juice of 2 lemons
2 cloves of garlic, crushed
4-6 tbsp tahini paste
salt and black pepper or cayenne pepper
2 tbsp extra virgin olive oil

Place most of the chick peas (keeping a few aside for the traditional garnish) in a food processor with the lemon juice and garlic. Give the tahini a good stir and then add 4 tbsp along with 2 tbsp of water (preferably the cooking water if they are home cooked),

Blend until the mixture is really smooth and then add more water to thin it down if necessary. Season. You will need some salt, you can zip the dish up with cayenne or just use black pepper; to enrich the purée , add more tahini; or lift the purée with more lemon juice.

Serve in a wide bowl. Swirl extra virgin olive oil over the surface of the hummus. Sprinkle over the reserved chickpeas.

Try garnishing with:
Pomegranate seeds and coriander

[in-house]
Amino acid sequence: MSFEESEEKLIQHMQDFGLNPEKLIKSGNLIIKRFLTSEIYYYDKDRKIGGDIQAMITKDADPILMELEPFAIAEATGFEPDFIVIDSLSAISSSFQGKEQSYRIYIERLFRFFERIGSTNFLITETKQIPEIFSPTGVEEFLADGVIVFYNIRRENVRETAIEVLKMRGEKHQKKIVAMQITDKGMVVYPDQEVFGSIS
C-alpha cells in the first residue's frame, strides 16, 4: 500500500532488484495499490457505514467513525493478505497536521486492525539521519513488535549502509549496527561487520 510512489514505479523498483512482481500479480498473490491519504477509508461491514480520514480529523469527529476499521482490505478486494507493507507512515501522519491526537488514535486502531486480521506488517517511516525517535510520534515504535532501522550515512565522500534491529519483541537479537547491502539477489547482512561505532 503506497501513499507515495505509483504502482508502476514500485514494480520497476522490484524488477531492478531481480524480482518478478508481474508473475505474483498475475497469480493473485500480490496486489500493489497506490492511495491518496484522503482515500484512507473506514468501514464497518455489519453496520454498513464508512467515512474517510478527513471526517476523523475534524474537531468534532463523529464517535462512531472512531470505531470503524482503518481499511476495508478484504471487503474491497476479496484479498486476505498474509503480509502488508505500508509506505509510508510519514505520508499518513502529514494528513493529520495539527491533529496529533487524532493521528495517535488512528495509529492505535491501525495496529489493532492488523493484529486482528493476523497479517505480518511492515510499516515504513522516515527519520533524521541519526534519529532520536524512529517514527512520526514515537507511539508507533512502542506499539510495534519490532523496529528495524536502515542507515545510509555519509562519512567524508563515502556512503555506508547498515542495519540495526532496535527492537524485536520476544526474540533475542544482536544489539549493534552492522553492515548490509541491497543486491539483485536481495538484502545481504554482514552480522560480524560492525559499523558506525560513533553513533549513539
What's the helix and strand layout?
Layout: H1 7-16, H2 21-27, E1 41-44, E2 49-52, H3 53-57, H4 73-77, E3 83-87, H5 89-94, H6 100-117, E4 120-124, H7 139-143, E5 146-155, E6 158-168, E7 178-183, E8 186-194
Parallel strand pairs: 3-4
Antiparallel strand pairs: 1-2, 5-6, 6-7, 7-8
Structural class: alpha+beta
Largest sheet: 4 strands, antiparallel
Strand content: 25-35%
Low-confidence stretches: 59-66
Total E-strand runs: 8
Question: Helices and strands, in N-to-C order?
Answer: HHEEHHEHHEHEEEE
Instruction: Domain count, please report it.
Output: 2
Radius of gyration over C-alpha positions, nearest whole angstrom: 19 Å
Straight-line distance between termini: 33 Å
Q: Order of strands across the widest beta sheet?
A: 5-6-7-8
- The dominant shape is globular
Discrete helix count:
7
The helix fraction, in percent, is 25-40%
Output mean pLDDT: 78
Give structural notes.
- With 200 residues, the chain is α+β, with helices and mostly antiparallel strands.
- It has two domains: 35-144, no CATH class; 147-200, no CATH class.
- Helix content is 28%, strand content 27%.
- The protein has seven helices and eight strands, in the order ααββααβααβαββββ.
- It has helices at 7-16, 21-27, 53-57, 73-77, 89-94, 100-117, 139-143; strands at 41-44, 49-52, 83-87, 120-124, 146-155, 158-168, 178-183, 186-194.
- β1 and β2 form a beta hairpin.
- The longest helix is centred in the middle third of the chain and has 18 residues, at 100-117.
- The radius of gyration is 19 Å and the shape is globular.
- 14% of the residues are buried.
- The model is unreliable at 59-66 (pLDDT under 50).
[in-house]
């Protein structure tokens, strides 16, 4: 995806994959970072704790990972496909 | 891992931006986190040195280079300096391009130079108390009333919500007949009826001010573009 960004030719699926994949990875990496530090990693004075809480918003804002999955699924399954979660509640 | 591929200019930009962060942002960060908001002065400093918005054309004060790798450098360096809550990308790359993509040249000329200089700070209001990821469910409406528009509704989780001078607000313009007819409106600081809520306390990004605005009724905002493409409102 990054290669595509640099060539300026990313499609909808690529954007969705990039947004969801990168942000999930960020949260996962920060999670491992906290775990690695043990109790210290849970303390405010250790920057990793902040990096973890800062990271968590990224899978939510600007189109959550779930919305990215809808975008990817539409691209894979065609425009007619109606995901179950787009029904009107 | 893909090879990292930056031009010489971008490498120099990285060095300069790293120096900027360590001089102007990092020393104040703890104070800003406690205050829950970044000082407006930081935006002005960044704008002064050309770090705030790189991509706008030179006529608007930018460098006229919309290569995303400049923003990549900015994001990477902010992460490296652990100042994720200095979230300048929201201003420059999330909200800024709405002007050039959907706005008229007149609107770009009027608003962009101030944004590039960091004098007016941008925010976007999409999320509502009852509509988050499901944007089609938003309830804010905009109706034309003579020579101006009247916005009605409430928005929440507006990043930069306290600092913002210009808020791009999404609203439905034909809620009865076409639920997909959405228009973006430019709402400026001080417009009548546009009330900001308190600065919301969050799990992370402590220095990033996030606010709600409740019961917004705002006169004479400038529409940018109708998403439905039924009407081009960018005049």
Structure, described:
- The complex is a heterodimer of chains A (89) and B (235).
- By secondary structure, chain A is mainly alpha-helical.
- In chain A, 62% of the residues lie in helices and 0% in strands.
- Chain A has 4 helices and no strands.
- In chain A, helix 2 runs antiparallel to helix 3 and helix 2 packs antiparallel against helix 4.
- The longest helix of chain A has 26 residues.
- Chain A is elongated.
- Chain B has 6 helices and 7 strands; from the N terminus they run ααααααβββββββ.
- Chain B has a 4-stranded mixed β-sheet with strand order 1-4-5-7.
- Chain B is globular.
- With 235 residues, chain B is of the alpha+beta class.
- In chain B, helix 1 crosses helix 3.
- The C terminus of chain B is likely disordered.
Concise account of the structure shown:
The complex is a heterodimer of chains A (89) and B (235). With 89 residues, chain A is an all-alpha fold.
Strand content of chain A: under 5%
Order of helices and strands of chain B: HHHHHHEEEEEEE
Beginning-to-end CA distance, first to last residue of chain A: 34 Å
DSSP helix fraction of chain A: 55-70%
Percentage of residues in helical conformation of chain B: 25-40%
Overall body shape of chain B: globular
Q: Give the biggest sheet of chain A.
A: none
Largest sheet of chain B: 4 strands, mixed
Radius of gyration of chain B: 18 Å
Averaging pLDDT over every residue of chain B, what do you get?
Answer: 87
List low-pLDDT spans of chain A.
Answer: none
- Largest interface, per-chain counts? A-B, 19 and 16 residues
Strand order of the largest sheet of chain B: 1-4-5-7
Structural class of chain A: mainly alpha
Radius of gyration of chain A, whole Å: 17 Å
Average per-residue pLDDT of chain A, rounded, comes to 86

Toasted pine kernels and long, slow-cooked caramelised onions

As always I’ve cooked up a large pot and plan to use the rest of the chickpeas in a salad tomorrow with left over roast chicken, roast pumpkin, rosemary, salad leaves and plenty of parmesan. The rest of the pot will probably be made into soup – I’ll give you the recipe v. soon, it’s sooo quick…. chicken stock from the carcass, lots of garlic, mint and chilli peppers and chickpeas of course.

AND For those of you in The West Country…. ……….It’s only a couple of weeks until the 2nd Bristol Food Connections festival – take a look at what’s on